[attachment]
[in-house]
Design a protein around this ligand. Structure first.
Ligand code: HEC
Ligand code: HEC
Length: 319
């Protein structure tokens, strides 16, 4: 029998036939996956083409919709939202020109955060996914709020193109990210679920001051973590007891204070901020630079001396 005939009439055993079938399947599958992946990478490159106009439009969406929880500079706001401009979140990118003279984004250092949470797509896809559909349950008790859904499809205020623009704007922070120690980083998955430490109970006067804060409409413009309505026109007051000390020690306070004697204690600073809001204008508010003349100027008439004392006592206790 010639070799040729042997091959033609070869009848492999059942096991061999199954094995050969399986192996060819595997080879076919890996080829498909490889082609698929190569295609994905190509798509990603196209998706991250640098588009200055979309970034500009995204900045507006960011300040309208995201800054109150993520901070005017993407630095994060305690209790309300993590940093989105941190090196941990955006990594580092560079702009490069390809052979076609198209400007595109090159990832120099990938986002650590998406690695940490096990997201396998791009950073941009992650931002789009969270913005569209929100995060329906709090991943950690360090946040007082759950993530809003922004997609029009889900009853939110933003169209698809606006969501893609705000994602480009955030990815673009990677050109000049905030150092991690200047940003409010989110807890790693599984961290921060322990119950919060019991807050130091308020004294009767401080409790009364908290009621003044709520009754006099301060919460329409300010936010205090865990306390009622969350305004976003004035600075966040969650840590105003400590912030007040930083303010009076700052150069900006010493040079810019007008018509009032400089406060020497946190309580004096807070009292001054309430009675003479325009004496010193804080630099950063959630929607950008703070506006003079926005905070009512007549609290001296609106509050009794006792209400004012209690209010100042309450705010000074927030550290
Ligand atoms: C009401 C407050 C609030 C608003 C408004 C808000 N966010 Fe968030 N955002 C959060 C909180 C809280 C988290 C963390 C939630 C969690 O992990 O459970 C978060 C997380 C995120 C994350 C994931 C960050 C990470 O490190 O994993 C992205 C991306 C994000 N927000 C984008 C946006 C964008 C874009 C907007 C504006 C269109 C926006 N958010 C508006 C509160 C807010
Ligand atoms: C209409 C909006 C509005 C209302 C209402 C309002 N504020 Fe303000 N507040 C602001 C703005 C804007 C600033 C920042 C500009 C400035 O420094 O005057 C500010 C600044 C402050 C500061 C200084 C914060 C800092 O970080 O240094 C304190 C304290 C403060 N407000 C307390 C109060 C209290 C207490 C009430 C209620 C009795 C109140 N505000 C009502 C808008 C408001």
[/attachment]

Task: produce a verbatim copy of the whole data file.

[in-house]
Design a protein around this ligand. Structure first.
Ligand code: HEC
Ligand code: HEC
Length: 319
């Protein structure tokens, strides 16, 4: 029998036939996956083409919709939202020109955060996914709020193109990210679920001051973590007891204070901020630079001396 005939009439055993079938399947599958992946990478490159106009439009969406929880500079706001401009979140990118003279984004250092949470797509896809559909349950008790859904499809205020623009704007922070120690980083998955430490109970006067804060409409413009309505026109007051000390020690306070004697204690600073809001204008508010003349100027008439004392006592206790 010639070799040729042997091959033609070869009848492999059942096991061999199954094995050969399986192996060819595997080879076919890996080829498909490889082609698929190569295609994905190509798509990603196209998706991250640098588009200055979309970034500009995204900045507006960011300040309208995201800054109150993520901070005017993407630095994060305690209790309300993590940093989105941190090196941990955006990594580092560079702009490069390809052979076609198209400007595109090159990832120099990938986002650590998406690695940490096990997201396998791009950073941009992650931002789009969270913005569209929100995060329906709090991943950690360090946040007082759950993530809003922004997609029009889900009853939110933003169209698809606006969501893609705000994602480009955030990815673009990677050109000049905030150092991690200047940003409010989110807890790693599984961290921060322990119950919060019991807050130091308020004294009767401080409790009364908290009621003044709520009754006099301060919460329409300010936010205090865990306390009622969350305004976003004035600075966040969650840590105003400590912030007040930083303010009076700052150069900006010493040079810019007008018509009032400089406060020497946190309580004096807070009292001054309430009675003479325009004496010193804080630099950063959630929607950008703070506006003079926005905070009512007549609290001296609106509050009794006792209400004012209690209010100042309450705010000074927030550290
Ligand atoms: C009401 C407050 C609030 C608003 C408004 C808000 N966010 Fe968030 N955002 C959060 C909180 C809280 C988290 C963390 C939630 C969690 O992990 O459970 C978060 C997380 C995120 C994350 C994931 C960050 C990470 O490190 O994993 C992205 C991306 C994000 N927000 C984008 C946006 C964008 C874009 C907007 C504006 C269109 C926006 N958010 C508006 C509160 C807010
Ligand atoms: C209409 C909006 C509005 C209302 C209402 C309002 N504020 Fe303000 N507040 C602001 C703005 C804007 C600033 C920042 C500009 C400035 O420094 O005057 C500010 C600044 C402050 C500061 C200084 C914060 C800092 O970080 O240094 C304190 C304290 C403060 N407000 C307390 C109060 C209290 C207490 C009430 C209620 C009795 C109140 N505000 C009502 C808008 C408001």